The starting point is to confirm with the applicants that they hold a valid Study Permit or Work Permit. Holding a Study Permit or a Work Permit alone does not automatically result in the international student being authorized to work in Canada. As such, employers need to complete new hire verifications on applicants who are international students. For the new hire verification procedure, the employer should consider taking the below steps:
- implement an internal policy for hiring international students and ensure the internal policy is communicated to the hiring managers and human resource departments;
- request a copy of the applicant's Study Permit and Work Permit (if applicable);
- review the Study Permit to ensure there is a notation that authorizes the applicant to work in Canada pursuant to section 186(v) of the IRPR;
- review the Work Permit (if applicable) to ensure that it is an open Work Permit and not a closed Work Permit tied to a previous employer;
- review the Study Permit and Work Permit (if applicable) to ensure there is no special notation or condition that prevents the applicant from accepting the job offer; and
- request an official letter from the applicant's designated learning institution confirming that the applicant is enrolled and is in good academic standing.
Further, there are specific circumstances when international students who meet the requirements under section 186(v) of the IRPR are not authorized to work in Canada. Some of the common examples include the following (this is not a complete list):
- if the international students are on leave from studies, including school closures, then they cannot work during this period;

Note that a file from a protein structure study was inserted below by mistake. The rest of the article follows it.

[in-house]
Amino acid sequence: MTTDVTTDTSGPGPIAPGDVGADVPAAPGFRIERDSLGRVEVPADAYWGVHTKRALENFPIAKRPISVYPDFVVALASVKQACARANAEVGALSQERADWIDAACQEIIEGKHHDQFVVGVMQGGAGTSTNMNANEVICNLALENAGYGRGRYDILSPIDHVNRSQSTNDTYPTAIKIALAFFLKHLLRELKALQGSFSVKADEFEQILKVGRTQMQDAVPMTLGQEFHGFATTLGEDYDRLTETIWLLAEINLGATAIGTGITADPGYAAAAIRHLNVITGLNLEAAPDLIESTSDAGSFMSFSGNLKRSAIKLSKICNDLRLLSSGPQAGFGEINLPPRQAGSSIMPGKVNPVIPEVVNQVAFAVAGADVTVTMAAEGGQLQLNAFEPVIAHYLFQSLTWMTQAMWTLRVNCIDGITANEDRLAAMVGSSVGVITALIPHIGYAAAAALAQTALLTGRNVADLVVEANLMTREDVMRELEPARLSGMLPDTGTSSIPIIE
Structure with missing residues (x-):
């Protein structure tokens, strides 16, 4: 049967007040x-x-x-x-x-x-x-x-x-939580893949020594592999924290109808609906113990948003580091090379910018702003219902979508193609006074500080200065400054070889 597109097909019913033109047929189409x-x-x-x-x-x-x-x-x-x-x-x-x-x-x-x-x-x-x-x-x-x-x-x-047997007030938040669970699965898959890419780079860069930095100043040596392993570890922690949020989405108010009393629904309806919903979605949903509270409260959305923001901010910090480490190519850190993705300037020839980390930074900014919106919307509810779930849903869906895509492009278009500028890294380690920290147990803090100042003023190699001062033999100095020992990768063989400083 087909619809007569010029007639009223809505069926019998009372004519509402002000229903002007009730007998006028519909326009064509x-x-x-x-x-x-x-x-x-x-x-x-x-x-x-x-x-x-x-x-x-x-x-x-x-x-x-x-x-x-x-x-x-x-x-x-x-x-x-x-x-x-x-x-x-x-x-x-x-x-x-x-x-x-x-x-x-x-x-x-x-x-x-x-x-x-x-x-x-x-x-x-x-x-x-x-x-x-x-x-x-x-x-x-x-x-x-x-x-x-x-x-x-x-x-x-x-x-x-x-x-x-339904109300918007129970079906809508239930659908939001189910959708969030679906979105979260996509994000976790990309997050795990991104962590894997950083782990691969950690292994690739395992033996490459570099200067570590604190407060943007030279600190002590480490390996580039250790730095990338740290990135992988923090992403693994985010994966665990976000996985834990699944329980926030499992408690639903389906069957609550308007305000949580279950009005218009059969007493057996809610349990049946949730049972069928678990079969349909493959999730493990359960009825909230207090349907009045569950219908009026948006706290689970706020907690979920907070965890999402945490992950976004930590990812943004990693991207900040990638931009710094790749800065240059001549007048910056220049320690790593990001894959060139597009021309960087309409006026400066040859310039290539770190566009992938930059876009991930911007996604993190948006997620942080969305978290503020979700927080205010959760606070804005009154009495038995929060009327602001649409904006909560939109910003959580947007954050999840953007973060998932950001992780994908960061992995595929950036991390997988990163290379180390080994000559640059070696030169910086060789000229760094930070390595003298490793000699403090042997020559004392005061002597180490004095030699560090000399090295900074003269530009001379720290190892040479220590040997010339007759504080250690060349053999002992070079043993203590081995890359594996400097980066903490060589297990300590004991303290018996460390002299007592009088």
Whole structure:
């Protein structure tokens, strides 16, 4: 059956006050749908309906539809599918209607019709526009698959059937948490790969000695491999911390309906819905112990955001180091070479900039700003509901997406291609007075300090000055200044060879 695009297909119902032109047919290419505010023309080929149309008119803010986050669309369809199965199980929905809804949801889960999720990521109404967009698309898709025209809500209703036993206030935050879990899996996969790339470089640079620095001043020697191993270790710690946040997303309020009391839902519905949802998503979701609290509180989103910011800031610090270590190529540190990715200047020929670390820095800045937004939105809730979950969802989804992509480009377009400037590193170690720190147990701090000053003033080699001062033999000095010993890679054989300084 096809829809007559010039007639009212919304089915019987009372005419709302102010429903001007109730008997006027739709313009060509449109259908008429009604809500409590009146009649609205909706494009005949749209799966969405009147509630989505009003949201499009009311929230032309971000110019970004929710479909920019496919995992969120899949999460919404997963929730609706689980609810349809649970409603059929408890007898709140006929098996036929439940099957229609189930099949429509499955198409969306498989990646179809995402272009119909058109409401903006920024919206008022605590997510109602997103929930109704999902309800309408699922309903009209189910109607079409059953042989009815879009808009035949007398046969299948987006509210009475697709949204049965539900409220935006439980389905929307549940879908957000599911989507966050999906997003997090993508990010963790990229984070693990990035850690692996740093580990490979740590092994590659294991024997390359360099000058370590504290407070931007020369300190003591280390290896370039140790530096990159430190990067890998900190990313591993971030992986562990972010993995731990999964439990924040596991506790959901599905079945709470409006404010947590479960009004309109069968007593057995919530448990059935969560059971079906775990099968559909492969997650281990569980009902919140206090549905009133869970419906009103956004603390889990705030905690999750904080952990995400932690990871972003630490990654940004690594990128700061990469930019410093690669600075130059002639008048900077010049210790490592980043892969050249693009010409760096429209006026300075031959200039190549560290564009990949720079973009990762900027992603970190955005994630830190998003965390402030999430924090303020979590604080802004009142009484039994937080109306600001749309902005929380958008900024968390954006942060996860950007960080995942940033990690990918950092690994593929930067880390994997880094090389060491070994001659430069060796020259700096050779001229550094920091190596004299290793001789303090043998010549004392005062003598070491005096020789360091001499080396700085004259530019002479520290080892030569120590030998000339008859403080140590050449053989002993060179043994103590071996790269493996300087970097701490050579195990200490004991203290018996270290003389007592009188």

- if the international students arrived in Canada before their programs begin, then they cannot work until after they have commenced their classes; and
- if the international students have completed their programs in Canada and received their final marks, then they must stop working in Canada until after they have submitted their Post Graduate Work Permit ("PGWP") applications. Depending on when the PGWP applications were submitted, the international student may need to wait for the student's Work Permit to be issued before the student can commence work in Canada.
The new hire verification procedure is a tool to assist employers to mitigate risk in order to ensure the applicants are authorized to work in Canada. When completing the new hire verification, it is recommended that employers consult with an immigration lawyer because the policy for interpreting section 186(v) of the IRPA changes frequently.
This is a brief outline on what employers need to know when hiring international students in Canada. For further information, please do not hesitate to contact one of the lawyers in our Immigration Law Practice Group.
The content of this article is intended to provide a general guide to the subject matter. Specialist advice should be sought about your specific circumstances.